Listen up because robot sidekicks are now a reality. We aren't quite to the point where we can command our robot friends to complete all our housework while we sit back and relax, but we've made the first steps. Aware and reactive, Vector by Anki is so much more than just a home robot. Vector uses a HD camera to see the world, meaning it can identify people, see and remember faces, and navigate around without bumping into things. Oh and it can also hear.
Creating reasonable AI for sidekicks in games has proven to be a difficult challenge synthetizing player modelling and cooperative planning, both being problems hard by themselves. In this paper, we experiment with designing around these problems: we propose a cooperative puzzle-platformer game that was designed to look similarly to the mainstream of the genre, but to allow for an easy implementation of a quality sidekick AI, letting us test player reactions to the AI. The game was designed so that it is easy for the AI to find optimal solutions while the problem is relatively hard for a human player. We gathered survey responses from players who played the game online (N 28). While the AI sidekick was reported as likeable and helpful, players still reported greater enjoyment of the game when they were allowed to control the sidekick themselves. These findings indicate that the AI itself is not the only obstacle to truly enjoyable gameplay with an AI sidekick.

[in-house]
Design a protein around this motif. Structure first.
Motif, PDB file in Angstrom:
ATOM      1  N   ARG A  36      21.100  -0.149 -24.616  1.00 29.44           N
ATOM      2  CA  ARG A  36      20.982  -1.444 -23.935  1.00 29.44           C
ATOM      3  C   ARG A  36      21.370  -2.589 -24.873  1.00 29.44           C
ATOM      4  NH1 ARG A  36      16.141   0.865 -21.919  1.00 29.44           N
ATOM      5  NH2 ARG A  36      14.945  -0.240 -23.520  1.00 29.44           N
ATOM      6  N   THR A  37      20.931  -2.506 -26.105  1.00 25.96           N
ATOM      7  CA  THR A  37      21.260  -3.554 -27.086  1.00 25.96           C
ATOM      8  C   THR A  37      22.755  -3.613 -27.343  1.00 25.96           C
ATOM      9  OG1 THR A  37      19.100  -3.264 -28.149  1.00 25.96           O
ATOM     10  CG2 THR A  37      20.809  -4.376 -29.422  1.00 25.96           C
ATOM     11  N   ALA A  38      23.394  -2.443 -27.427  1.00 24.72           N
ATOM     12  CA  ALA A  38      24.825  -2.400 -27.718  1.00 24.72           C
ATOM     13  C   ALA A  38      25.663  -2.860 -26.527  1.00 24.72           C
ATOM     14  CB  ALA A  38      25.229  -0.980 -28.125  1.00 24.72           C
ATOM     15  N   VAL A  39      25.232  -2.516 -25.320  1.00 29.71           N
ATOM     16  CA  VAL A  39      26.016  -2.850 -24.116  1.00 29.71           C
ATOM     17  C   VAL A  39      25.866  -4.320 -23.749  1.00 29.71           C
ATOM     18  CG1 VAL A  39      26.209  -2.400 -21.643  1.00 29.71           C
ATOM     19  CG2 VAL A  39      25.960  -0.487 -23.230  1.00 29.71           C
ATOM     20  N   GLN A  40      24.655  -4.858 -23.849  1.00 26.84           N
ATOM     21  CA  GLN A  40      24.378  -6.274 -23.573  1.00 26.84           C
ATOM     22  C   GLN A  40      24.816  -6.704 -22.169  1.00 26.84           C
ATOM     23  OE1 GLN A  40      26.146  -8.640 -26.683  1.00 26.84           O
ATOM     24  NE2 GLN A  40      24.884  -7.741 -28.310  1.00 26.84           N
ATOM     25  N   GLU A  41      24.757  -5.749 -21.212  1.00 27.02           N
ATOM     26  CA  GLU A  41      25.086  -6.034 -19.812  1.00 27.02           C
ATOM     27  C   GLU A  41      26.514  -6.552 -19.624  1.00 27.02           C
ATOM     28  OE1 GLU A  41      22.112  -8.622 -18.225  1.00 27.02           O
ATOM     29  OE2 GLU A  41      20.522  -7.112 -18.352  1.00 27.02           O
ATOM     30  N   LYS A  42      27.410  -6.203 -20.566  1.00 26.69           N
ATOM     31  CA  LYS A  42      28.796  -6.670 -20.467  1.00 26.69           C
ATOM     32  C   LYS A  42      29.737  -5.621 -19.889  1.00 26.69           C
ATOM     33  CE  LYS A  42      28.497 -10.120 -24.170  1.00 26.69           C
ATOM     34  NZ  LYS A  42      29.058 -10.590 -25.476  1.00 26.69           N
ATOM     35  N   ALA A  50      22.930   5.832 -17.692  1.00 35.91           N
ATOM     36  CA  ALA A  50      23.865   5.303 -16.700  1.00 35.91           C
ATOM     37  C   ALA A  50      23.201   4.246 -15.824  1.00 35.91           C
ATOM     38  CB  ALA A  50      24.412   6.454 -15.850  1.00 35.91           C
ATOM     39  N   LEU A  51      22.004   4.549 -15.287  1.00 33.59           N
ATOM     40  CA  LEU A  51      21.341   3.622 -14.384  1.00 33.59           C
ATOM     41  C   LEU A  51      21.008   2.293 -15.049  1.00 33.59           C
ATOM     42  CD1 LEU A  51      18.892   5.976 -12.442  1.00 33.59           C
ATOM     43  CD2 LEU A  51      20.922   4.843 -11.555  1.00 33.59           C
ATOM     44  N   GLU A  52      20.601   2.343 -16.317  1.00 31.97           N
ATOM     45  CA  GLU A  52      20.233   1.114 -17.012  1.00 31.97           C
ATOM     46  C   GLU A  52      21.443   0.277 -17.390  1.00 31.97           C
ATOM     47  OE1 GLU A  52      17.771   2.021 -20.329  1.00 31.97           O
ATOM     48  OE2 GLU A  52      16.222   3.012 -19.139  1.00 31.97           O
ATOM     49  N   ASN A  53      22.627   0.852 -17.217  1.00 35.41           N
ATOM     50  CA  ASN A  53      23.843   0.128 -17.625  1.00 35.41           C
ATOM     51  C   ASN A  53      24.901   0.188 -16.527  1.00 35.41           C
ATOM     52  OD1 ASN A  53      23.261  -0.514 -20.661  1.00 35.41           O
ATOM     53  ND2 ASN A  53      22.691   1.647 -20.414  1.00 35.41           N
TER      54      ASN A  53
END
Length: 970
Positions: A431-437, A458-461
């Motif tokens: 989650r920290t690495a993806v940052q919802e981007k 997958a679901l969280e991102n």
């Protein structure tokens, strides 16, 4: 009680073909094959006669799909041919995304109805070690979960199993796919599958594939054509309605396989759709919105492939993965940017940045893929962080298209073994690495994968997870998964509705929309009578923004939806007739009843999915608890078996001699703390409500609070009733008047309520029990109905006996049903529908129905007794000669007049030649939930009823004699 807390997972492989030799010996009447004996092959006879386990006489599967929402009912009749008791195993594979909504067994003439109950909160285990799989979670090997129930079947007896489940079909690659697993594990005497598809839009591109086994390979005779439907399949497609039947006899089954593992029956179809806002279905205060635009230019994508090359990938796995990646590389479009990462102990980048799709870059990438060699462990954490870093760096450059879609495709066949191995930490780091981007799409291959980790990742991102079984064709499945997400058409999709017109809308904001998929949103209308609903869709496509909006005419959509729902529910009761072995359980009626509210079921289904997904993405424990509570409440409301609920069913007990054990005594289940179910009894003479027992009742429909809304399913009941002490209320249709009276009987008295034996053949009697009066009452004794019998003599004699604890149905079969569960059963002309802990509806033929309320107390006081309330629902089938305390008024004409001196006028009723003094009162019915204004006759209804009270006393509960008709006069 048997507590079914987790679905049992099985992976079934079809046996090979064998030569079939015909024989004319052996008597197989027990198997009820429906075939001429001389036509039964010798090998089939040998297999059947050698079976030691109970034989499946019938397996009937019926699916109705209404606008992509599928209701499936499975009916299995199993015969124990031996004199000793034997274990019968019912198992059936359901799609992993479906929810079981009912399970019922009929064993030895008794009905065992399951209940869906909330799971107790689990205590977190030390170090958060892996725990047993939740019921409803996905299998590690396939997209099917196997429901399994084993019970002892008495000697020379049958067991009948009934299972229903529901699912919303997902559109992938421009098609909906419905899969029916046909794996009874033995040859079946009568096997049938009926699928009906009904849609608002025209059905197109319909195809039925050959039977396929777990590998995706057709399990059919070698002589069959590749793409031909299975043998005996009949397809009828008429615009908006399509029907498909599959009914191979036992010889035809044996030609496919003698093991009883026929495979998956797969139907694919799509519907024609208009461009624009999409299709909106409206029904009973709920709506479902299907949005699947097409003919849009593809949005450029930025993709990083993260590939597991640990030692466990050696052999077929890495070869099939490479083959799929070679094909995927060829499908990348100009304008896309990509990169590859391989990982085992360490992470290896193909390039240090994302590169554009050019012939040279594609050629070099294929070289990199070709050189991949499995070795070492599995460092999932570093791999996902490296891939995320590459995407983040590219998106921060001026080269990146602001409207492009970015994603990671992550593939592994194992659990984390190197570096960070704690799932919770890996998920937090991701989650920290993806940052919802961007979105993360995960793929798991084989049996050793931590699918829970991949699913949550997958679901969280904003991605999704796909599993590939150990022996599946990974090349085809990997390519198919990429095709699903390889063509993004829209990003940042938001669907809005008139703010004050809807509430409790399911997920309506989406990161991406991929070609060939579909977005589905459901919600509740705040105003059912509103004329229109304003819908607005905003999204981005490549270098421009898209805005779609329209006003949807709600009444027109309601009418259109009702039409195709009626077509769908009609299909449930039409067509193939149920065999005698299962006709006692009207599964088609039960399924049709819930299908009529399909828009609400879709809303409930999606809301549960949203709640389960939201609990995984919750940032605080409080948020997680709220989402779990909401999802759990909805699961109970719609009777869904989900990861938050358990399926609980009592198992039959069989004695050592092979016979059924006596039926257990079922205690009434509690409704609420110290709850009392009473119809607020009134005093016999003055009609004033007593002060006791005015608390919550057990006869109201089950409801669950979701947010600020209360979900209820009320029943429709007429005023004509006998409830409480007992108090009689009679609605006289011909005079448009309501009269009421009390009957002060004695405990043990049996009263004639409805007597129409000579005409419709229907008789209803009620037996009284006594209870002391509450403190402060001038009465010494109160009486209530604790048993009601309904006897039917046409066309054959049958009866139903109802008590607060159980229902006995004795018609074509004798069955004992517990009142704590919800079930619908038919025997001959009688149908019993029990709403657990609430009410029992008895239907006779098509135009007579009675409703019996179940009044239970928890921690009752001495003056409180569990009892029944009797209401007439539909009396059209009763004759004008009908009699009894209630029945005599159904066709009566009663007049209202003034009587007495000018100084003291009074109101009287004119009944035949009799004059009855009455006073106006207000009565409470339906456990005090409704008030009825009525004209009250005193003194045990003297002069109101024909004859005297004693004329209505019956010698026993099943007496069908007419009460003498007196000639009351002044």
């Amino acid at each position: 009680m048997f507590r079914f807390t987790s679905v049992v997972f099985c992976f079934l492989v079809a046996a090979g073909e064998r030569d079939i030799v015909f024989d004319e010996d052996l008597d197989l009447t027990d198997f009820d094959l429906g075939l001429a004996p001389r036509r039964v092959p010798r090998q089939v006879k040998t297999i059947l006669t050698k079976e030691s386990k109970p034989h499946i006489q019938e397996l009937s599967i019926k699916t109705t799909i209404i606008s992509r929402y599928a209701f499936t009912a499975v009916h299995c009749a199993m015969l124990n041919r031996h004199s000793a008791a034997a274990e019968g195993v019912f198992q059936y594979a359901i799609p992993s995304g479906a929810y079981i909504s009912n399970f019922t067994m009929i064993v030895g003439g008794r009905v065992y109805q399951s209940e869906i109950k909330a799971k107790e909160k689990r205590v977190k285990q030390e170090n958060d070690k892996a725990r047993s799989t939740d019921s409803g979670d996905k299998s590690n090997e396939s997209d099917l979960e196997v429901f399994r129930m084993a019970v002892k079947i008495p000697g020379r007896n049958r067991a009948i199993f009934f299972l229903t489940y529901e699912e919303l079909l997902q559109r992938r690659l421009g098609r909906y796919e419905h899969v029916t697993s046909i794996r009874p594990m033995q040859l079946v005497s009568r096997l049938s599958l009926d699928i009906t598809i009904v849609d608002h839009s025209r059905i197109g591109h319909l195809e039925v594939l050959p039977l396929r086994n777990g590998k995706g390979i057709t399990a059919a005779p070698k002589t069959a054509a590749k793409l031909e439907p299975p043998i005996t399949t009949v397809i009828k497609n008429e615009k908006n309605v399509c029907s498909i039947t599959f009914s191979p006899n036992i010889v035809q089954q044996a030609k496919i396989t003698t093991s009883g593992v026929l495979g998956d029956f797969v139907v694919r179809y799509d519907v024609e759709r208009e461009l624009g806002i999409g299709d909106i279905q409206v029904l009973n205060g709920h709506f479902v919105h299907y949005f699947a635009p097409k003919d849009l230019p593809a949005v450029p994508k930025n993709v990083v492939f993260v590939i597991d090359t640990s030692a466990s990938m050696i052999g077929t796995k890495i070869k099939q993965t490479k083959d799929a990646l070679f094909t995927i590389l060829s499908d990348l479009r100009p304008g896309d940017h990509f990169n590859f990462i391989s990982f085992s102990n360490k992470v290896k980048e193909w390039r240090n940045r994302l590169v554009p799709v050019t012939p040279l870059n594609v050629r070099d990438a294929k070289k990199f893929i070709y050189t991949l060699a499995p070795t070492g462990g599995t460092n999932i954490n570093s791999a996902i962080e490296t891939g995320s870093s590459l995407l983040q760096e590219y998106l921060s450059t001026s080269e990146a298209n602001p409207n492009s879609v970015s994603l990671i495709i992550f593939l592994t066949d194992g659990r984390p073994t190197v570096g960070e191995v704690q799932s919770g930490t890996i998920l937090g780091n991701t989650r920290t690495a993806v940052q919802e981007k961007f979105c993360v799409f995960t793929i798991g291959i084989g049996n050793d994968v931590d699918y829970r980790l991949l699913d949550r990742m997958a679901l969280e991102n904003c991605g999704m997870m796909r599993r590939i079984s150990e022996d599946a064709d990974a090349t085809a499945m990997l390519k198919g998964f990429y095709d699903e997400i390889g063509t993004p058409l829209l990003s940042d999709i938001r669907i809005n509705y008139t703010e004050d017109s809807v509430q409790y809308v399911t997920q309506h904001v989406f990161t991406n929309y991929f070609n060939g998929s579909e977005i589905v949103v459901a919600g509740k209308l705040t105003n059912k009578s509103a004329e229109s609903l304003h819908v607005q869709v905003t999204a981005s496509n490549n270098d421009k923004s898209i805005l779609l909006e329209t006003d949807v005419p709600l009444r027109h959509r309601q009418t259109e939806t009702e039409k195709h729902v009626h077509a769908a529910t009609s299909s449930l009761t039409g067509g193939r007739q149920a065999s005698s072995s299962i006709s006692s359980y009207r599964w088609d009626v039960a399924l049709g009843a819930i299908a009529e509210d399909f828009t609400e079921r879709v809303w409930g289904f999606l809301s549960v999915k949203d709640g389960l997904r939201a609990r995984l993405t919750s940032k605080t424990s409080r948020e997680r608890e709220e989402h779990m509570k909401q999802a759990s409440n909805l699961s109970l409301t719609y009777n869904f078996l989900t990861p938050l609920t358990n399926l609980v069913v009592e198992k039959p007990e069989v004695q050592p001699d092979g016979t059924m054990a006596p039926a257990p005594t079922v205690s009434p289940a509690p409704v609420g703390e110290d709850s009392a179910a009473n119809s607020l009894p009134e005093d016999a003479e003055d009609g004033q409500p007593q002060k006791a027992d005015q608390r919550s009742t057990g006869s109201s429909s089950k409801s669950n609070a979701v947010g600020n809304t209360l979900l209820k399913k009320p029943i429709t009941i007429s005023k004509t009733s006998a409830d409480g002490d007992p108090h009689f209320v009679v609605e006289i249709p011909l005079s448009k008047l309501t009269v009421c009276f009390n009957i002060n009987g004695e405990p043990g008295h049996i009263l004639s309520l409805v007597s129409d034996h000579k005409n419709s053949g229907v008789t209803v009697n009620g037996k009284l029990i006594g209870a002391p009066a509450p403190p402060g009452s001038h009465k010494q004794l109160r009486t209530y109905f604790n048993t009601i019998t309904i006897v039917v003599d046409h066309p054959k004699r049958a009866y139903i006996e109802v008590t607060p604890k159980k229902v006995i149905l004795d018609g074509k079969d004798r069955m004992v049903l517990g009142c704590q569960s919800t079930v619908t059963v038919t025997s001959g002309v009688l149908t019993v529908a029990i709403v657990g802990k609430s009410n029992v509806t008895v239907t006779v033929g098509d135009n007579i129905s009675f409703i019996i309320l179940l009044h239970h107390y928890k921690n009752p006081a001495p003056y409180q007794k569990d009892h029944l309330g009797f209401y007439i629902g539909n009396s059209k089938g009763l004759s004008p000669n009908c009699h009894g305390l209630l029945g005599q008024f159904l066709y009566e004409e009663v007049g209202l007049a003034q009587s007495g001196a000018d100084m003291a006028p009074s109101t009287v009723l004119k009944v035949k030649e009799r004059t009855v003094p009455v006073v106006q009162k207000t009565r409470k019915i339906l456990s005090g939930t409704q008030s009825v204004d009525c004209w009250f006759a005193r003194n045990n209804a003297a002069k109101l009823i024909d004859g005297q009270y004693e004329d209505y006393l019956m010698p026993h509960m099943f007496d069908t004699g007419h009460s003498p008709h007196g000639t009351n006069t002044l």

Just to let you know, if you buy something featured here, Mashable might earn an affiliate commission. Are you the type of person who sets twenty alarms in the morning and then snoozes through all of them? When you wake up, do you lay in bed and scroll mindlessly through Facebook for half an hour? Maybe you just need some inspiration. The makers of the Morning Sidekick Journal have you covered.
Just like the extra buttons dedicated to MMO macros on the gaming keyboards of yore, the Stream Deck's buttons are aimed to give users quick access to things nested deep in program files. The keys are shortcuts to suit your streaming style, whether that's firing up Twitter, starting/stopping a stream on Twitch, changing volume levels or dropping in a GIF. Finally, the keys themselves are essentially tiny LCD screens that can hold custom icons. Because who doesn't want to drop in their favorite ridiculous thumbnail into their tiny keypad?